UMaine faculty shared some of their latest aging-related research projects with students and colleagues.
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Classifying caregiver portals is a challenge
At least with directory sites -- you basically know where you stand -- somewhere in them is a business model for listing long-term care housing and service directory entries, referring and being compensated for leads about those entries, and advertising. Not so with caregiving portals. Here, if there is a business motive, it's about advertising and a cut of the commerce, if any, on the site. Caring.com was a caregiving portal, now inclusive of a directory since began using and then acquired Gilbert Guide. Not so easy to categorize sites (which sometimes add a directory search as an afterthought, some are really augmented blogs, and some are part of companies with a vested interest -- like Genworth Financial and the sale of long-term care insurance.
Many and general for caregivers. In the caregiving portal arena we find non-profit/for-profit, with information, sharing/forums, expert advice, and/or ads. A plethora of portals for caregiving, with information and support mechanisms for those who provide support and care to those who need it, including seniors. From ad-free CaregiverConnect in Canada -- launched by the Victoria Order of Nurses, a national health organization on the one hand -- to CaringSource, started by an individual, Robyn Blakie Collins, ad-enhanced. Or they range from a portal associated with a magazine, Today's Caregiver -- Caregiver.com to a non-profit site FamilyCaregiving.
Many have a disease or long-term care focus. PatientsLikeMe (funded by partnered research providers) and DiabetesMine (funded by ads) -- are portals and/or blog sites for disease-specific discussions -- they fit into the universe of more than 60,000 health-related sites, many of those disease-specific. Long-term care focused include ElderCare Online, SilverPlanet and Doctor Marion. CareScout (now owned by Genworth Financial and focuses on the corporate market) is in a different category, consulting to long-term care providers as well as a resource for families seeking care.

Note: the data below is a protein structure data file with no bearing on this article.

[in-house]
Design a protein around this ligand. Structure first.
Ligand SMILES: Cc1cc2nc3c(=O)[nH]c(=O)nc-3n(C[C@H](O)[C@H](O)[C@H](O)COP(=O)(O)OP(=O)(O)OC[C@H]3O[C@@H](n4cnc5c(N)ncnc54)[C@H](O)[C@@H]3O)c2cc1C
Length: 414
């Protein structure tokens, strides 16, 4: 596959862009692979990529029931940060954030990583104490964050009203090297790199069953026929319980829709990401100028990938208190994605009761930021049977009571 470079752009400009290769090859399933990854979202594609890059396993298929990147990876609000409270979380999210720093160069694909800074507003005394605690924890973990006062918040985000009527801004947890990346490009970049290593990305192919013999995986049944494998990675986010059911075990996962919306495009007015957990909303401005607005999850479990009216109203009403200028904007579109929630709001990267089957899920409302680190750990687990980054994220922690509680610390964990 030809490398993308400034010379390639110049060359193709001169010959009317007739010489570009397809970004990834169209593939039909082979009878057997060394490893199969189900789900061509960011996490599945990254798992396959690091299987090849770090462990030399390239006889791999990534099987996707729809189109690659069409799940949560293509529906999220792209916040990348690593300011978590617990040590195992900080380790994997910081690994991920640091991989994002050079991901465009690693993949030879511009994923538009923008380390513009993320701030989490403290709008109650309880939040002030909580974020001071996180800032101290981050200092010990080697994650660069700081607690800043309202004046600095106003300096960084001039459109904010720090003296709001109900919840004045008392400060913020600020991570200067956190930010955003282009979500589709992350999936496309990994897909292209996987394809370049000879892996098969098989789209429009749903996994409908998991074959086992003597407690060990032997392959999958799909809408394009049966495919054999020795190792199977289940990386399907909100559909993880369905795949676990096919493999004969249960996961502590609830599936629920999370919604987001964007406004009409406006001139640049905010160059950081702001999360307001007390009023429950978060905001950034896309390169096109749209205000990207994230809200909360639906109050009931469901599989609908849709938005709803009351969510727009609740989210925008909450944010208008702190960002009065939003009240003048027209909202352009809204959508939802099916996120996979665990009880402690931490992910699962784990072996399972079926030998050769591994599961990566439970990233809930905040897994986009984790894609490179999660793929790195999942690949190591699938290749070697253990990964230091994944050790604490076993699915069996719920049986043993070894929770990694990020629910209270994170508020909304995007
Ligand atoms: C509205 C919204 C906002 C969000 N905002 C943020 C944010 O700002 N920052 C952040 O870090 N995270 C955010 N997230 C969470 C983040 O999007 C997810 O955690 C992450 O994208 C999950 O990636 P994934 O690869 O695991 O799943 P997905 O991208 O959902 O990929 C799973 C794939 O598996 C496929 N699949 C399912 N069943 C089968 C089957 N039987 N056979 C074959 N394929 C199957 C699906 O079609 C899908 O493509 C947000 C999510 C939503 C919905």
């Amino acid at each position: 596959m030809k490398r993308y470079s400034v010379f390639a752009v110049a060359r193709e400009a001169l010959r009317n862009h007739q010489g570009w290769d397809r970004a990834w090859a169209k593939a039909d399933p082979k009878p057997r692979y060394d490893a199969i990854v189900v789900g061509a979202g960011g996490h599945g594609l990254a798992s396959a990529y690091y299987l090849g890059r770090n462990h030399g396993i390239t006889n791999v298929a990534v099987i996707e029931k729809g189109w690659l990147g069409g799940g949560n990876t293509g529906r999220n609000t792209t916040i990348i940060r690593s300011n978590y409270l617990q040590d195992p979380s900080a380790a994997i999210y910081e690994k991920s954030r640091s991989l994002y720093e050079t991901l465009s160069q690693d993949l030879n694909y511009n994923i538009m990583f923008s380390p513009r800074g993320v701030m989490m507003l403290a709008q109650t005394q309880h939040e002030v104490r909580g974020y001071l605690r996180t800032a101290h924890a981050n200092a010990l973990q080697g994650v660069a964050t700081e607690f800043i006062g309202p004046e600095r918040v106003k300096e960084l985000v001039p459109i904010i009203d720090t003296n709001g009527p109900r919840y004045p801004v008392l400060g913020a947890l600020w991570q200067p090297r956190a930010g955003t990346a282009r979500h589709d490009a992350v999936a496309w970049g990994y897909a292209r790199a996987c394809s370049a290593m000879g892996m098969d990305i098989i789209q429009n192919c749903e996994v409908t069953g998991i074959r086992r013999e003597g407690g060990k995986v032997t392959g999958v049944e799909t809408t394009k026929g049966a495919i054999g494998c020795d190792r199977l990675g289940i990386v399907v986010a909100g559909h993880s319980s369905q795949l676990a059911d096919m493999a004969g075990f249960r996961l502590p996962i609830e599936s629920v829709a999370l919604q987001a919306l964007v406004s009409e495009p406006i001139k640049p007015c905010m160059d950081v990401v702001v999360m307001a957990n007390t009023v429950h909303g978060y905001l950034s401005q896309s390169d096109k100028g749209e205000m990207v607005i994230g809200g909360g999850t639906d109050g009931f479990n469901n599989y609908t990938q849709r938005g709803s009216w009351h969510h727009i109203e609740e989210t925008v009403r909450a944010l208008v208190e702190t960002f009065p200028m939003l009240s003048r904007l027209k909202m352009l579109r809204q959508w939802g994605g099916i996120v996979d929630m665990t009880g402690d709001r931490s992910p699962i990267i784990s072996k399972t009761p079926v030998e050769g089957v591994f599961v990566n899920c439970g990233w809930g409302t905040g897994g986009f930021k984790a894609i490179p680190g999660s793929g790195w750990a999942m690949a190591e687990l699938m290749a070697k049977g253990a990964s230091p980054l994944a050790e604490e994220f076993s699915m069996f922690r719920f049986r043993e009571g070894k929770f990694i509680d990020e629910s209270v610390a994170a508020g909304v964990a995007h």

And some offer a platform -- licensed for customized portals. This approach is sometimes referred to as 'white box' labeling for specific uses, some sites license their software to providers and organizations that want to establish a portal for families. Connect for Healthcare, for example, offers the ability to privately share updates about a long-term care resident between a facility and interested family members, and CareFlash (which includes educational videos about various diseases, including Alzheimer's.
...And finally, sites that sell or describe discounts on caregiver products. These are really found by searchers who are seeking something specific, whether it is incontinence supplies, wheelchairs or discounts (like AARP). The Caregivers Marektplace or ParentGiving.com, or InvisibleCaregiver.com (which has a mobiity focus). There are pages and pages of them -- most searchers wear out quickly, so sites that are serious about growth invest in search engine optimization teams to boost their chances of being found.
Those who are searching for sites, whether professionals or caregivers, should keep in mind a few questions to tease out whether they should stop at a site or keep looking:
1) Who runs the site? Quickly look for the About page, figure out the ownership sponsorship (like insurance for example), find the revenue-generating mechanics. And who are the executives who manage the environment (to me it's always a bad sign when you can't easily find that on the About page.)
2) How current is the material? Look for content dates and/or signs of rust -- aging content pages, copyright dates, and old blog posts, unfortunately, stay on the Internet forever, like the empty buildings of broken page links (sigh).
3) How much community is there really? These sites are great ways to find others who share needs -- underpopulation is a signal to keep moving the search.
4) How much commerce is possible? Sites just recently launched may have few advertisers -- so that's a reason to match up the dates from 2) above or look for a date om 1) above. Sites that have been around for a while with few advertisers -- keep moving the search. Sites that sell what you want should be checked out through reputation sites like ePinions.com.
There's no real barrier to entry in setting up a non-commerce portal -- a website, content links (like some of them have to this site), featured experts -- and it's off and running. Being a platform for other sites or selling goods directly has a far higher barrier to entry and requires consider funding to keep alive.
[Disclosure Note: In case anyone was wondering, this blog site does not accept advertising, nor is there any payment to link to it or feature content written by the author]